PRIVATE and council tenants, along with owner occupiers of 26 flats in Dundee, could see their homes demolished despite a claim from a former city housing convener that a report recommending that they be knocked down was “seriously misleading”.

And Jimmy Black, who stood down as an SNP councillor last year, said it highlighted a lack of consultation among affected tenants.

The properties are situated at 219-245 Blackness Road. They were built towards the end of the 19th century during Dundee’s jute heyday and 16 of them are council flats.

They are distinctive because the tenement stairwells are outside the main building and are in need of repair.

Black said the cost of repairing the stairwells would be between £880,000 and £1.2 million, which was preferable and cheaper than the £4.5m cost of demolition and rebuilding on the site.

A report submitted to the council’s neighbourhood services committee last October said a majority of “residents” favoured demolishing the blocks.

However, it emerged in a Freedom of Information (FOI) request by Black that six private landlords who do not live in the properties were counted as “residents” and private tenants’ views were not considered.

A majority of council tenants in the blocks had opposed demolition.

The current plan would see existing council tenants being compensated with a “home loss payment” of £1500 each.

Private landlords and owner-occupiers of the other ten properties would receive a total of around £80,000 each in compensation and council buybacks.

Black said this would cost more and would result in fewer council houses than rebuilding the stairwells and spending the remainder of the cash building new homes on another site.

He said Dundee Federation of Tenants Associations (DFTA) should have been consulted as the only registered tenants’ organisation covering the area.

“Sections 53 and 54 of the Housing (Scotland) Act 2001 say that tenants and tenants’ associations must be consulted on major issues which affect them,” said Black.

“DFTA was not consulted. Had DFTA been informed of this proposal, they could have carried out their role of supporting tenants to participate effectively in the consultation.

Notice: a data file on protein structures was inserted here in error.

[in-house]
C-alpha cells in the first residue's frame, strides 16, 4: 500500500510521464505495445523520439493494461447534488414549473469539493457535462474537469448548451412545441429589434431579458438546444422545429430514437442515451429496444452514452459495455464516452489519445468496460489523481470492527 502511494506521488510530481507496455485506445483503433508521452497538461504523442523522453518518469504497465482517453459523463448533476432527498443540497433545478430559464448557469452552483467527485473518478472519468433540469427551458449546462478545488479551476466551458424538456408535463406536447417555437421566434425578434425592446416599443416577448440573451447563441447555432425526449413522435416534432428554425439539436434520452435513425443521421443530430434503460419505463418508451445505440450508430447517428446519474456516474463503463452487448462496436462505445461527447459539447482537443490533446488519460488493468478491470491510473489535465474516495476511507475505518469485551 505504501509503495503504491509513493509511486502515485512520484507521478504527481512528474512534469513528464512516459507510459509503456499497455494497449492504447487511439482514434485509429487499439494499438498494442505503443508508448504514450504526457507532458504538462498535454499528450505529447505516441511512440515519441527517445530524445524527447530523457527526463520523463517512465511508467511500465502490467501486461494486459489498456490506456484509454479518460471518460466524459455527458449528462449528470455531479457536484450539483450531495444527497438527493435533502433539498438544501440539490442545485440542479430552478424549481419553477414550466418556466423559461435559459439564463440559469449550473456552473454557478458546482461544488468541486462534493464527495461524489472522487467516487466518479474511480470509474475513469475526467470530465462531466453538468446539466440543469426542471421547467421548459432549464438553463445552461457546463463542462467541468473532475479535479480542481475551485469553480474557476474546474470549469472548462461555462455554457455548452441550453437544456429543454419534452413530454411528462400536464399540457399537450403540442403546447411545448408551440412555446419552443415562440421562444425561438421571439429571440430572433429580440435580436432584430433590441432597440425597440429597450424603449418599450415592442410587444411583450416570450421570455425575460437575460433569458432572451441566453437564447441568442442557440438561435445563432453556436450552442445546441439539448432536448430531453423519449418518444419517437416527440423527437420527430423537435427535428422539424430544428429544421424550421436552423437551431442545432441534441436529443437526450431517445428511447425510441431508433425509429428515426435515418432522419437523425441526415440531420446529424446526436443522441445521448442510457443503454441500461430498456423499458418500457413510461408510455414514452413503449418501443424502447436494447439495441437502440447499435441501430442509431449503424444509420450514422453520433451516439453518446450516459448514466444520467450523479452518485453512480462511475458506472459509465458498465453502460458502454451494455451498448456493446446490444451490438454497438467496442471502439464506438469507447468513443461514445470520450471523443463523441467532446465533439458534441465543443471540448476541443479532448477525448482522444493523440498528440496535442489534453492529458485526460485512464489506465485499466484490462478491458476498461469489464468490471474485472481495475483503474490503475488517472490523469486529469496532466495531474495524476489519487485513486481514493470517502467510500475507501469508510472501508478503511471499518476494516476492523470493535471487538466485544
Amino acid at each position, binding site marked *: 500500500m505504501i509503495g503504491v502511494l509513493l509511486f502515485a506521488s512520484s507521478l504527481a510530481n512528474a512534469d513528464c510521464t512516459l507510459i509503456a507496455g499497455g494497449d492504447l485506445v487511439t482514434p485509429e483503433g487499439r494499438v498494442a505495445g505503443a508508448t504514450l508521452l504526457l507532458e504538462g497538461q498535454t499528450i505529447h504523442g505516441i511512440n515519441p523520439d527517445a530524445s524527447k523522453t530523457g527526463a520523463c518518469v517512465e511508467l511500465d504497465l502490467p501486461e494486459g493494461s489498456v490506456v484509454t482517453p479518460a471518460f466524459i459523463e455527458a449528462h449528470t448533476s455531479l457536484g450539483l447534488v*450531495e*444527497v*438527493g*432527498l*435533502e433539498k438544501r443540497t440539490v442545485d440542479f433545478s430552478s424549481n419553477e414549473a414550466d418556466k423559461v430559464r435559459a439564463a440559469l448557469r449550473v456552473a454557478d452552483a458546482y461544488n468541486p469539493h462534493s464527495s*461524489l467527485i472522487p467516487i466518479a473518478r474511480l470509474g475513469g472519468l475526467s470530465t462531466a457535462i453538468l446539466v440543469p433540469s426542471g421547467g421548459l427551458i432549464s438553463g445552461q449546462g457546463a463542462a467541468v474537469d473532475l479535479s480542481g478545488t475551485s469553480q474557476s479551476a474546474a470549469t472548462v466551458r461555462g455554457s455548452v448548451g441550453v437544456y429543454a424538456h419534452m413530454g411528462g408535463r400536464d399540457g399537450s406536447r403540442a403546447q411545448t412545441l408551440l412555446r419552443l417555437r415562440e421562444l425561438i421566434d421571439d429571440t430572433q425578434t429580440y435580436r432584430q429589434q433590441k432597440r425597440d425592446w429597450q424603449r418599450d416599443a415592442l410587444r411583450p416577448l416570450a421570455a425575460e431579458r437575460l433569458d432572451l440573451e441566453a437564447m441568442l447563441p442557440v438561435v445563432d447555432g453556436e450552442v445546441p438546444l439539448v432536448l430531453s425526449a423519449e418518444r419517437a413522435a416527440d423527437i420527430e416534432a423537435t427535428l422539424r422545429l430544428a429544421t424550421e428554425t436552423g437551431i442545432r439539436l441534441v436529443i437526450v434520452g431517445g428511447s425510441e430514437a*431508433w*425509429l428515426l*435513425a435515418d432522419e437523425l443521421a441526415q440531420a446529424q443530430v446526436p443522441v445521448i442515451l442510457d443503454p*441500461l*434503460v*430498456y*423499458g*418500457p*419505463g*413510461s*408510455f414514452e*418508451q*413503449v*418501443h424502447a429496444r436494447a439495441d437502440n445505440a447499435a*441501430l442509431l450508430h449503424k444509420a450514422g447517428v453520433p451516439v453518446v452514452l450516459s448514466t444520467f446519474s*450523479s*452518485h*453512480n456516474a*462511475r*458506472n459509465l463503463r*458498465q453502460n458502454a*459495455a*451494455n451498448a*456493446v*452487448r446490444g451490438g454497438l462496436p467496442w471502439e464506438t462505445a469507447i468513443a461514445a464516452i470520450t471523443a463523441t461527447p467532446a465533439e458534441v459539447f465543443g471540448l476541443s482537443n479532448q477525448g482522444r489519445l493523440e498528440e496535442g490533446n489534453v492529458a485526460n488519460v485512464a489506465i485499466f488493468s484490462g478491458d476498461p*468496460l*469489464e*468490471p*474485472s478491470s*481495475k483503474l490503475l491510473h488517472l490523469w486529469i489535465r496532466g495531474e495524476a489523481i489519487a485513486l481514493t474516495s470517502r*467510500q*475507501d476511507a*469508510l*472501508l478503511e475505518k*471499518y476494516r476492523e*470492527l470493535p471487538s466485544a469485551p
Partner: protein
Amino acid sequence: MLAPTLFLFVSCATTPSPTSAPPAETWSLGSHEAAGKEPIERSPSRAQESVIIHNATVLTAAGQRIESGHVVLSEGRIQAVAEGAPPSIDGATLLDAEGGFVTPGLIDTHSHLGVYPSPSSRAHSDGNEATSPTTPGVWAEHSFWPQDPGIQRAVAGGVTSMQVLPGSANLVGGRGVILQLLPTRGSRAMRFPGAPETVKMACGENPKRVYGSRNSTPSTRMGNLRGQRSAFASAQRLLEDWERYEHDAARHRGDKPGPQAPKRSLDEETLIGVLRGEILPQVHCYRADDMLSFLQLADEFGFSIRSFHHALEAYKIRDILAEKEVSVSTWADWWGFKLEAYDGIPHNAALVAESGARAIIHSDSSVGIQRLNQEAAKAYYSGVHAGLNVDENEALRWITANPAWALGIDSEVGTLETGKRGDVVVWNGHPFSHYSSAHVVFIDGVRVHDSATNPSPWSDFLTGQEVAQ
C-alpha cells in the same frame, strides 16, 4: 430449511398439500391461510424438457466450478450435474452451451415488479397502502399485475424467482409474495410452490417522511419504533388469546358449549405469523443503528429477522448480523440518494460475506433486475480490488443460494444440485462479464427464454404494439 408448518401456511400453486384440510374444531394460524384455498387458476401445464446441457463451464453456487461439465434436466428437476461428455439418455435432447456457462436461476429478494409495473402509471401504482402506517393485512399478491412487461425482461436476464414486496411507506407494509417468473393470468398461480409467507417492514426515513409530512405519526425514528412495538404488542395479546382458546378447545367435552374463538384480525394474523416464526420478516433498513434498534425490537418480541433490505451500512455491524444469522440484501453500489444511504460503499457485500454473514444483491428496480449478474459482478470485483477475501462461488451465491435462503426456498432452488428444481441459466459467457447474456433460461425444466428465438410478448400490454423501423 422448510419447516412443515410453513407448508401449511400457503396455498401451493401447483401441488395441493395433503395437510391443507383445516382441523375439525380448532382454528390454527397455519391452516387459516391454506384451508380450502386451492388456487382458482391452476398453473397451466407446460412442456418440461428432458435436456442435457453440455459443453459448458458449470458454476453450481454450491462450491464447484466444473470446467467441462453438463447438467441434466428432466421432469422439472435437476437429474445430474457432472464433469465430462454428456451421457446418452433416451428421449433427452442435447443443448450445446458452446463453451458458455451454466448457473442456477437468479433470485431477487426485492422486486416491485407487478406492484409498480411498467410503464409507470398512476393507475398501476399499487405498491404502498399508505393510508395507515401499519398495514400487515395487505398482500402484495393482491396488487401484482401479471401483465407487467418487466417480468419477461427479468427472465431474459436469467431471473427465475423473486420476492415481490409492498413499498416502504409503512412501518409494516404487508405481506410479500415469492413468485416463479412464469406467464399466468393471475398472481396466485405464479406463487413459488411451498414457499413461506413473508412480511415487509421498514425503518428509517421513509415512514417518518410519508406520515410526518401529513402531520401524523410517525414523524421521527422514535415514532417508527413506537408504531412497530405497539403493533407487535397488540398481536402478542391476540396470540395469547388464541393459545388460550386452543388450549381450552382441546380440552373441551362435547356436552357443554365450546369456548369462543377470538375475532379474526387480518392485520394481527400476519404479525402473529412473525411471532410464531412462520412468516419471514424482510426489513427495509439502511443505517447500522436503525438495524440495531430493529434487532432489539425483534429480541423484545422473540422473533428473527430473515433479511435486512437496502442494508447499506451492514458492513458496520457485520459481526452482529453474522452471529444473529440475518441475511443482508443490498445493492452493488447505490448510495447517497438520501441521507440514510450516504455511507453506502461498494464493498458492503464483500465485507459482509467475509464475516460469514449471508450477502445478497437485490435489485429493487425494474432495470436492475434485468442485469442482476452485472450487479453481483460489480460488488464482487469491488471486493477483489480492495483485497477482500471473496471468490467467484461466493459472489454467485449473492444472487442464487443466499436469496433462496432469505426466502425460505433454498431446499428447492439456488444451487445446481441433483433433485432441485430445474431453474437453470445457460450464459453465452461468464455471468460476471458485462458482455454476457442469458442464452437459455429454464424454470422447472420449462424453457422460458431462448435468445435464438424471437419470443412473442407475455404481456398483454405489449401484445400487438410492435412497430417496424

“They were not given the chance to do so and the tenants were left on their own without the expert support often delivered by independent tenant advisers in these situations.”

Black added that in 2009, gas central heating and new kitchens and bathrooms were installed in these and other flats, which were described as “not in the demolition programme”. He said: “The cost for 40 flats was £367,000 ... there are 16 flats in the doomed blocks, so an estimate would be 16 fortieths ... £146,800.

“These kinds of improvements would be expected to last 15 years.”

He said owner occupiers knew that demolition was the favoured option last April, according to the FOI request, but tenants only found out from local newspaper reporters after an attempt was made to bring the decision to committee in June. Private tenants appear to have been given no say.

The report was withdrawn pending further consultation.

Rita Smart, DFTA vice-chair, told The National they were planning to meet the local authority about the matter later this month.

She said: “We represent Dundee City Council tenants and they came to us and we said we would take it to the next management meeting with the council. The decision to demolish the flats was taken at a council meeting last October, but there’s [a] date set for the demolition as far as we’re aware.”

A Dundee City Council spokesperson said that no date had yet been set for the flats to be knocked down.

The spokesperson added: “The neighbourhood services committee took the decision to demolish the Blackness Road tenements on Monday October 30 2017.”